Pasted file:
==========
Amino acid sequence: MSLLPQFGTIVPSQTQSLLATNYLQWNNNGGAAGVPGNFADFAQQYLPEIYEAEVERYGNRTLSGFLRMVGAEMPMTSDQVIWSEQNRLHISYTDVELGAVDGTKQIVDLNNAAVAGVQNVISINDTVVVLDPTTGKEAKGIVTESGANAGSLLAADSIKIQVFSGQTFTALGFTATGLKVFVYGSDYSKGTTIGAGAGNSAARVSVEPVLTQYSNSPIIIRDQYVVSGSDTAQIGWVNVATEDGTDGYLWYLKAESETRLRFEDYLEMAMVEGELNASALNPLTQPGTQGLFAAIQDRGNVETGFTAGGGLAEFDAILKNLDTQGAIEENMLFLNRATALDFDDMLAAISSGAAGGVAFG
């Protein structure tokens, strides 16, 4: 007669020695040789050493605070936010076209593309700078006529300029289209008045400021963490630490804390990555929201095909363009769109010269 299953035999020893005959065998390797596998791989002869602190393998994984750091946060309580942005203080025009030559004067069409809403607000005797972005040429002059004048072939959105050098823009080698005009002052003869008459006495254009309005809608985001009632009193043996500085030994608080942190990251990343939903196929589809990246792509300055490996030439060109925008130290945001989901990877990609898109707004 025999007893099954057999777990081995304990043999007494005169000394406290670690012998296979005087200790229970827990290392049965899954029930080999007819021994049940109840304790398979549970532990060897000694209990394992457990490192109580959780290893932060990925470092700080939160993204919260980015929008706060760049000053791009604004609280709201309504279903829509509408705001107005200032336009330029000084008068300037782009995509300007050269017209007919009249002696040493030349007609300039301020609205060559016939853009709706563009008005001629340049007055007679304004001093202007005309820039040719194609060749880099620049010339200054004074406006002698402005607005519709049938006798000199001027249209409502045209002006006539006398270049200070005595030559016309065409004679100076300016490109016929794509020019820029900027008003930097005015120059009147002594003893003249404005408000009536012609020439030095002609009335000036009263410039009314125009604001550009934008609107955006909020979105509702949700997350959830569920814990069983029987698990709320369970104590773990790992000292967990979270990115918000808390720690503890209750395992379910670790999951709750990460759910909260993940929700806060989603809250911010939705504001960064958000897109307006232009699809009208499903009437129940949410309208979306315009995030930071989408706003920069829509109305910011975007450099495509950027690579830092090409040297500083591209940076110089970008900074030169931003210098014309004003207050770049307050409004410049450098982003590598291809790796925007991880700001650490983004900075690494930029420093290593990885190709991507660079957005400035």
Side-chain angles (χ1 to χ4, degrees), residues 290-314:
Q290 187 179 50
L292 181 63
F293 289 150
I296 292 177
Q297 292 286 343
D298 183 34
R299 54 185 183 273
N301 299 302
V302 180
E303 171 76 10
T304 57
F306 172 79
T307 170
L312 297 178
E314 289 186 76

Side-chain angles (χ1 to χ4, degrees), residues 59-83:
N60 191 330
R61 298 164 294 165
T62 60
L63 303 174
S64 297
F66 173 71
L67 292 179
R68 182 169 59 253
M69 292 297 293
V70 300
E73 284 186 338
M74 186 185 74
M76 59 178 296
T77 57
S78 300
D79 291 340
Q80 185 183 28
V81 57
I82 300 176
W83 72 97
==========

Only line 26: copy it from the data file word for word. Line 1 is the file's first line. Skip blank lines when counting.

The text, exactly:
L67 292 179